Abu Dhabi, UAEThursday 18 July 2019

US Supreme Court rules in support of Sudan in USS Cole bombing case

Ruling dismisses a US lower court decision that ordered Khartoum to pay $314.7m for victims

The damaged hull of the USS Cole at the Yemeni port of Aden after an al-Qaida attack that killed 17 sailors. The Supreme Court on Tuesday threw out a nearly $315 million judgment against Sudan stemming from the USS Cole bombing, saying Sudan hadn’t properly been notified of the lawsuit. AP Photo
The damaged hull of the USS Cole at the Yemeni port of Aden after an al-Qaida attack that killed 17 sailors. The Supreme Court on Tuesday threw out a nearly $315 million judgment against Sudan stemming from the USS Cole bombing, saying Sudan hadn’t properly been notified of the lawsuit. AP Photo

The US Supreme Court on Tuesday ruled in favour of Sudan in the USS Cole terrorist attack of 2000, dismissing $314.7 million in damages to be paid by Khartoum to American and Sudanese victims.

The decision from the highest court in the US was near consensus and overruled a decision by a lower court. Eight of the nine justices voted to dismiss the damage payments.

The USS Cole attack in 2000 killed 17 sailors and wounded 42 in the Yemeni port of Aden, with Al Qaeda claiming responsibility.

The lawsuit claimed Sudan was responsible because it acted as a safe haven and provided material support to Al Qaeda.

But a copy of the lawsuit was mailed to Sudan’s embassy, which was interpreted by the Supreme Court as being in breach of the Foreign Sovereign Immunities Act.

The Trump administration urged the judges to strike down the lower court decision, Reuters reported.

The US was concerned it “could affect how the US government is treated by foreign courts, because the US rejects judicial notices delivered to its embassies".

The lawsuit was brought in a Washington court in 2010 by 15 sailors injured during the attack.

Tuesday's ruling said that the US Supreme Court "deeply sympathises with the extraordinary injuries suffered" but “there are circumstances in which the rule of law demands adherence to strict requirements", such as refraining from sending the lawsuit to the embassy.

The justice who voted in favour of the victims, Clarence Thomas, said: “There is no evidence in this case suggesting that Sudan's embassy declined the service packet addressed to its foreign minister”.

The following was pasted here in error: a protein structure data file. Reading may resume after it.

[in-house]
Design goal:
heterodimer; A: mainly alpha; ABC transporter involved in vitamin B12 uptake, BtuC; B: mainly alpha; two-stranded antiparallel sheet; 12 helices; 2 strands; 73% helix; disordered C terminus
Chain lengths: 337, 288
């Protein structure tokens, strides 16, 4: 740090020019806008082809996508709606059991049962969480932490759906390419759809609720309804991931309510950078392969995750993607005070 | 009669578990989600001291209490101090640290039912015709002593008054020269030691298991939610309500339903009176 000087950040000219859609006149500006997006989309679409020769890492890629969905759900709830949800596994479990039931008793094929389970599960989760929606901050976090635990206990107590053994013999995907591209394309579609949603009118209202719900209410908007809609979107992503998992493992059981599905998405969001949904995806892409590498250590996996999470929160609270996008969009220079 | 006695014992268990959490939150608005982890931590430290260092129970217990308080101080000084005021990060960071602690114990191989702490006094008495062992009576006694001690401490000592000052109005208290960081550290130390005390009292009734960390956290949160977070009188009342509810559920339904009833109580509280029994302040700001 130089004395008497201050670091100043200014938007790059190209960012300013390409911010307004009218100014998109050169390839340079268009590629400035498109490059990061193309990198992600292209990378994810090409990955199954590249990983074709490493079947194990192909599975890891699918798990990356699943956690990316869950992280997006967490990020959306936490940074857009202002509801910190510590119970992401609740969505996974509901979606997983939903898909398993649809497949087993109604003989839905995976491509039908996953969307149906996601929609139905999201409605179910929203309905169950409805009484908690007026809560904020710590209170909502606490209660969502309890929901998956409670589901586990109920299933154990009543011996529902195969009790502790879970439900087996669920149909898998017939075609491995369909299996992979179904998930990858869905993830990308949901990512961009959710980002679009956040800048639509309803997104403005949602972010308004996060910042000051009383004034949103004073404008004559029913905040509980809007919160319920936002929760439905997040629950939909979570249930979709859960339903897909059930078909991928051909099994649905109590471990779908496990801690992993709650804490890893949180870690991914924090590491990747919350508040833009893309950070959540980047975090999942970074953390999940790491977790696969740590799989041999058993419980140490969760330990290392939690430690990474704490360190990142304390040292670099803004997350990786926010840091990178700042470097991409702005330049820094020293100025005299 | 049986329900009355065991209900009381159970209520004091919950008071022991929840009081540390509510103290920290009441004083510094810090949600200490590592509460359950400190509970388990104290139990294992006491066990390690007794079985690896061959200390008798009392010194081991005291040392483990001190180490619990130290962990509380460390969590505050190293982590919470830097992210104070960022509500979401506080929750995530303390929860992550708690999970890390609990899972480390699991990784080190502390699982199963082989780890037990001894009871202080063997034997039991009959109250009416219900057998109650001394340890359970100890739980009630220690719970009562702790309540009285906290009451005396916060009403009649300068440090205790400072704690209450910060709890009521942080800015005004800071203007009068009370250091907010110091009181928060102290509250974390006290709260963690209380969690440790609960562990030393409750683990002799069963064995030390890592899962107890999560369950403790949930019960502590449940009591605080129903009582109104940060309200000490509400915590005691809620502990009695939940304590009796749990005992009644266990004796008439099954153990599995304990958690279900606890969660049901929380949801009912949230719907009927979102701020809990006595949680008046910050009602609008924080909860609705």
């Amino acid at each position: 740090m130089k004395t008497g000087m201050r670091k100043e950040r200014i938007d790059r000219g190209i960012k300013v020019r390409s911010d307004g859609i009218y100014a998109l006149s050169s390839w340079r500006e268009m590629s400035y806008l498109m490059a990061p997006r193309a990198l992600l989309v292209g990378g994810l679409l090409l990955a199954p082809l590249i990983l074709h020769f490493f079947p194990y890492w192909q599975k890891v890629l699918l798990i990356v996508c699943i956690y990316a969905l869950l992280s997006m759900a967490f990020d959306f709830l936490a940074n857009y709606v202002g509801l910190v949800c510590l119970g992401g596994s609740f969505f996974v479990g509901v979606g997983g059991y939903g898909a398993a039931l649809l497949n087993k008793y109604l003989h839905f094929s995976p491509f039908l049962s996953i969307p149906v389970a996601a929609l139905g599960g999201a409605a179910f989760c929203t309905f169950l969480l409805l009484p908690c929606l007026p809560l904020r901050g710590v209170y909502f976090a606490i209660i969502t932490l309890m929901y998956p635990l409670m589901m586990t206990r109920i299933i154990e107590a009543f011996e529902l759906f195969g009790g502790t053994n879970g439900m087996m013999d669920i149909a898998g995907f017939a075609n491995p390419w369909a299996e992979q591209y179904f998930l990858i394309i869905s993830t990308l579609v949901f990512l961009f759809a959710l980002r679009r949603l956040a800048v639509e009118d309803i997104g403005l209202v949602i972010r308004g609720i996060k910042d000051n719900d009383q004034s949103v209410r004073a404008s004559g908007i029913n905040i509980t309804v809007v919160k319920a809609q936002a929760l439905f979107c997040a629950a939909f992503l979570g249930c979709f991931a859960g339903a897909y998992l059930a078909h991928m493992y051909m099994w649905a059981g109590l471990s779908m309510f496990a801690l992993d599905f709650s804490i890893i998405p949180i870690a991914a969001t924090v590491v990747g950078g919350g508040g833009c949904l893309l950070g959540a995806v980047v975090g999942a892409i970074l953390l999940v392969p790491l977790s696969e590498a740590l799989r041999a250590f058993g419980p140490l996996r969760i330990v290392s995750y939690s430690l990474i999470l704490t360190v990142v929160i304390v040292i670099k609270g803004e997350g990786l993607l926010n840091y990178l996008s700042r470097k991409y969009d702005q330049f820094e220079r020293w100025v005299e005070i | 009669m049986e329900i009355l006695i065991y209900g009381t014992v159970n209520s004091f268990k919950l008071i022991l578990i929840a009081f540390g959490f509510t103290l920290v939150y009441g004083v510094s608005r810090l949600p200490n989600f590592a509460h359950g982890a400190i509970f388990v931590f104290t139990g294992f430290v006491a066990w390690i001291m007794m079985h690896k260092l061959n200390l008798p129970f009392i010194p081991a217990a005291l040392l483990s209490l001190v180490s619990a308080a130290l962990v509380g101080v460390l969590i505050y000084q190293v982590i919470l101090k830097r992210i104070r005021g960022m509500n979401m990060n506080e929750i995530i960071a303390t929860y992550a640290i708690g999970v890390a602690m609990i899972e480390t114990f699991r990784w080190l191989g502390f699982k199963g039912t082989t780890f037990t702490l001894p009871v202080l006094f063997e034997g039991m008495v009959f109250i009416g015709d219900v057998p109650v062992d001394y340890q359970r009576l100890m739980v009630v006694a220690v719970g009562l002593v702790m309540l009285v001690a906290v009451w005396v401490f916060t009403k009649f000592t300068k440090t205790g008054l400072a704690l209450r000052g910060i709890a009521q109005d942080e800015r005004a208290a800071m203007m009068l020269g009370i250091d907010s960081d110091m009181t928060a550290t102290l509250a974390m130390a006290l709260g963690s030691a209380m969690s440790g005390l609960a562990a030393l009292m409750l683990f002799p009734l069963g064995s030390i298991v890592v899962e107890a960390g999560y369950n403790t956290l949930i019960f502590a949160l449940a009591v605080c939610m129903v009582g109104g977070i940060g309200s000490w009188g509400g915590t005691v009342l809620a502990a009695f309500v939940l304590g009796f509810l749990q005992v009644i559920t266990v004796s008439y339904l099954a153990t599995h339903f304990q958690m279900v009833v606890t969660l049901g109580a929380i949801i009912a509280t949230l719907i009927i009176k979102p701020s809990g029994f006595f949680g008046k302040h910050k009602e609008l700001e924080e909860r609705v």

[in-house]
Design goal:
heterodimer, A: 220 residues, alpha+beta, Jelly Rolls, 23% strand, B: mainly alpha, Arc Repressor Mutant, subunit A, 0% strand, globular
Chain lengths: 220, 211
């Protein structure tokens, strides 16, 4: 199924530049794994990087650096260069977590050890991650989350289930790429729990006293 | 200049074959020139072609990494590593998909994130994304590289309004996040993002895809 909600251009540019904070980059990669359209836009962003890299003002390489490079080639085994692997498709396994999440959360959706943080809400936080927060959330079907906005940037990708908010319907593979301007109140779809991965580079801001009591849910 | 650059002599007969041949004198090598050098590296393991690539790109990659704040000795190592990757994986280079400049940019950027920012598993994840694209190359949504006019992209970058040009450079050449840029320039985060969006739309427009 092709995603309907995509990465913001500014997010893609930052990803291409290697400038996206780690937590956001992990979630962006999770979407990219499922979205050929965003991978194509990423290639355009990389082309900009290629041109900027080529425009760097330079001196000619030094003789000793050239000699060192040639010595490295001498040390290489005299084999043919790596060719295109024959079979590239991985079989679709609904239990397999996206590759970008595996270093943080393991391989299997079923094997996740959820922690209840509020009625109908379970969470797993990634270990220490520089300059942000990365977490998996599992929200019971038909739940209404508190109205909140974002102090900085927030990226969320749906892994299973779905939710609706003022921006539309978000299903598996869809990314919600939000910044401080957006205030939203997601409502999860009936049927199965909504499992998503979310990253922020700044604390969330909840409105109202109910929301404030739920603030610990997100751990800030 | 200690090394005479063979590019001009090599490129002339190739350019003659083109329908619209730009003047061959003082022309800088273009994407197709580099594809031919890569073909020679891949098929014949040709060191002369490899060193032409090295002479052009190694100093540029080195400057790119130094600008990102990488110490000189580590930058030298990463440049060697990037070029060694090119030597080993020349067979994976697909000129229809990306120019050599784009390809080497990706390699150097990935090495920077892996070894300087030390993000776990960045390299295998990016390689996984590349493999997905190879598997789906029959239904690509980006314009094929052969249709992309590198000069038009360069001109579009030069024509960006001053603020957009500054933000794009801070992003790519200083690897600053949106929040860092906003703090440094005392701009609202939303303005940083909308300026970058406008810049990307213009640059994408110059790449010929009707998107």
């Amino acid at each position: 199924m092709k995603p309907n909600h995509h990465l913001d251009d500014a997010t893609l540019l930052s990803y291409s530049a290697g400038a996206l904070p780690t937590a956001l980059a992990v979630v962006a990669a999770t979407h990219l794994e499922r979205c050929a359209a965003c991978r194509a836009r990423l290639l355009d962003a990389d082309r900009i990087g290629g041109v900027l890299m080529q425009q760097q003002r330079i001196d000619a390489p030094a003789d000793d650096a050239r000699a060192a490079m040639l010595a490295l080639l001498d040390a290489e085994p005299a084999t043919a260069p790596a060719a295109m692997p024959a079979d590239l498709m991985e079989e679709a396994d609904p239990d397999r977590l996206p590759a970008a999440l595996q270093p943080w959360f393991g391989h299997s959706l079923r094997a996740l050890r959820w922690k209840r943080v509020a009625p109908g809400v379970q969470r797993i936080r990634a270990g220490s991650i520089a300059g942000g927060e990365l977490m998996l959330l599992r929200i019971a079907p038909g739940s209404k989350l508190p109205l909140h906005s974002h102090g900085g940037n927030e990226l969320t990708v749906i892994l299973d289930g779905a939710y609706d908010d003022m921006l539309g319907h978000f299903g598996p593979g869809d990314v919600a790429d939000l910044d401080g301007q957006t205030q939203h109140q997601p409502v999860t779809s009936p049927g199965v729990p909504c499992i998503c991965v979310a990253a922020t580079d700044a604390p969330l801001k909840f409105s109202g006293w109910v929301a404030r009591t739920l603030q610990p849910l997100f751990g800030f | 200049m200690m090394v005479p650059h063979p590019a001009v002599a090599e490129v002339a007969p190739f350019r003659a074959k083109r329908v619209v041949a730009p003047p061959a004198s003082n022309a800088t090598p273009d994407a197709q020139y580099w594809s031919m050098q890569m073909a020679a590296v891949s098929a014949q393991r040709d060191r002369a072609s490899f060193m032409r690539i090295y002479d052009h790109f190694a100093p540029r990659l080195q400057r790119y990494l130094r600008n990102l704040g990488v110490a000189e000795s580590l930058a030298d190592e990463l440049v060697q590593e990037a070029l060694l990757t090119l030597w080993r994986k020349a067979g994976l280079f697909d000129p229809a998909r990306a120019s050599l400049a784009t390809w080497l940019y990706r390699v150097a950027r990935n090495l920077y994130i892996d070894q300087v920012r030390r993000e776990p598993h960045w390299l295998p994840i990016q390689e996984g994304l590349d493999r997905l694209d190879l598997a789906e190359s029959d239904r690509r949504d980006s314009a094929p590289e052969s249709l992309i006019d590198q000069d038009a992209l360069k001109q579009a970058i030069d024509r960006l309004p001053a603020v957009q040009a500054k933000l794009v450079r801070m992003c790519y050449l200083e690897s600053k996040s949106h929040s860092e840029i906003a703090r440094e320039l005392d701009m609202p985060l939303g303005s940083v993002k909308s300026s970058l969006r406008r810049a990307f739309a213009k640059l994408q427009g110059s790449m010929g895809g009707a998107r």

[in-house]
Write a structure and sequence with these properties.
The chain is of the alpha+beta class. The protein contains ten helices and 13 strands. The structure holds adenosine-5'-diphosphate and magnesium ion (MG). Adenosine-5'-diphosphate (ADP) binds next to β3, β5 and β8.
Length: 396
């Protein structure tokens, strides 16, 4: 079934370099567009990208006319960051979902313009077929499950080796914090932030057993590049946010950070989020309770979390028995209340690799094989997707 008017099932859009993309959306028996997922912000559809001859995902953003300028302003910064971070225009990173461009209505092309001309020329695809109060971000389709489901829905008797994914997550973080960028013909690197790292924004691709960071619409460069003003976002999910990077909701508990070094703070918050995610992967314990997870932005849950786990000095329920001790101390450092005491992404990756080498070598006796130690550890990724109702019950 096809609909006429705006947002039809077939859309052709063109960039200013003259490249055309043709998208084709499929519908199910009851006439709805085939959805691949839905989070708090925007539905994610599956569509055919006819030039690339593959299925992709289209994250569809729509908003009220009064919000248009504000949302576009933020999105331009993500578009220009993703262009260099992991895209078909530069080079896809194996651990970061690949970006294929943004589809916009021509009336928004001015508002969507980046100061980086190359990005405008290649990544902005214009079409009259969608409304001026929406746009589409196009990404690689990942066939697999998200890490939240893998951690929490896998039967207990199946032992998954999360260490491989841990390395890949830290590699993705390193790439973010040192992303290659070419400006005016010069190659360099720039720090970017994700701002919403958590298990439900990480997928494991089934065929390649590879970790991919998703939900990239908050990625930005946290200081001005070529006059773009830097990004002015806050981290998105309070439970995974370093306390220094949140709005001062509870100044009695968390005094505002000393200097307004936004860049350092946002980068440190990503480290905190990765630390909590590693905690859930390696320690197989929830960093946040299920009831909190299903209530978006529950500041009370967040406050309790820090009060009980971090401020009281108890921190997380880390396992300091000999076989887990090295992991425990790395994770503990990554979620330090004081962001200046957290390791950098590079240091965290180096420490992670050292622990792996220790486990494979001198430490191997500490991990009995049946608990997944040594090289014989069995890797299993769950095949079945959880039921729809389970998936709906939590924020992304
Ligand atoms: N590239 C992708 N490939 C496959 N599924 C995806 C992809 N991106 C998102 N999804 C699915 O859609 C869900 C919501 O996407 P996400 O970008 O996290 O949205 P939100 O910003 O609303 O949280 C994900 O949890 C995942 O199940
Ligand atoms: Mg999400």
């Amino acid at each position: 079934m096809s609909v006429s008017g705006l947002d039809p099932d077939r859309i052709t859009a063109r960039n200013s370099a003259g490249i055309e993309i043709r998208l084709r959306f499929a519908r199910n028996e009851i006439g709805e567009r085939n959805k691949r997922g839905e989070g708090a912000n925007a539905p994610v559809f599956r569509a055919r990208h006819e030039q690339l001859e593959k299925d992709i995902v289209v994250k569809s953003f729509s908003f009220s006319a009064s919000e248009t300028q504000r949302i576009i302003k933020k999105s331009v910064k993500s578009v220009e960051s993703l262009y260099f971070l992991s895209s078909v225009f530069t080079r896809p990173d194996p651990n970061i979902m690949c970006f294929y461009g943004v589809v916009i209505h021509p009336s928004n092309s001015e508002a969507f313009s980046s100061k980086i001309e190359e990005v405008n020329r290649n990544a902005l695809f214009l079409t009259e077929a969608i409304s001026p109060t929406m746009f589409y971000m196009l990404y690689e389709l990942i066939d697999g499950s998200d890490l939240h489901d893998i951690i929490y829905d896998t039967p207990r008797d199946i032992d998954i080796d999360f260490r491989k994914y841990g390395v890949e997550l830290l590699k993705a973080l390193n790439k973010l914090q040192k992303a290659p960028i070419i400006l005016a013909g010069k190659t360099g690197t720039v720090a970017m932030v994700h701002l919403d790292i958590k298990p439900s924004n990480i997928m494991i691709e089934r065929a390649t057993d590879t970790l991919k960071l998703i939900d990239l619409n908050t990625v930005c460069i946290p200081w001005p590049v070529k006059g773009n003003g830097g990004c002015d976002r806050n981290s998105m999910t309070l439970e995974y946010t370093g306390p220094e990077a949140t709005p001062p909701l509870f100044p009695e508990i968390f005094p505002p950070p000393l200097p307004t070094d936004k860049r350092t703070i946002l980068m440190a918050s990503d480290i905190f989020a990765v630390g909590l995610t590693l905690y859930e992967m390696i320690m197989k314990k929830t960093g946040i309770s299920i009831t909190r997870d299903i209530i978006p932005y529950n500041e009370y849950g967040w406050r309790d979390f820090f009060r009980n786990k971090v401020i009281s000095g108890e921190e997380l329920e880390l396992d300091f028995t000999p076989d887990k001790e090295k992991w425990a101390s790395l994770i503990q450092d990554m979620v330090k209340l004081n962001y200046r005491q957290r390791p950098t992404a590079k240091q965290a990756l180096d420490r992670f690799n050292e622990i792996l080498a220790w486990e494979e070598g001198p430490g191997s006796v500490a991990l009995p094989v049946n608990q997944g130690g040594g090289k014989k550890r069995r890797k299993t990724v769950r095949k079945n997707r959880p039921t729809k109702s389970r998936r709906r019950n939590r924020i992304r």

Relations between the US and Sudan have been thawing slightly over the past three years under the administrations of Barack Obama and Donald Trump.

But last week, a Congressional delegation visited Sudan and said that while Khartoum had made some progress in freedom of worship, it should release all political prisoners.

Sudan’s authoritarian leader Omar Al Bashir has ruled the country for 30 years, and declared a state of emergency last month in response to popular protests against his rule.

Mr Obama’s quiet engagement with Khartoum started in 2015, when he loosened some sanctions. In September 2017, the Trump administration lifted a 20-year sanctions regime on Sudan.

The CIA opened an office in the African country in the spring of 2017.

While the US State Department still lists Sudan as a state sponsor of terror, Washington’s engagement with Khartoum is based on factors including an end to hostilities in the country's conflicted regions.

It also wants better humanitarian access throughout Sudan, no interference in South Sudan, co-operation with regional efforts against the Lord’s Resistance Army, and to build US-Sudanese co-operation on counter-terrorism.

Updated: March 27, 2019 08:45 AM

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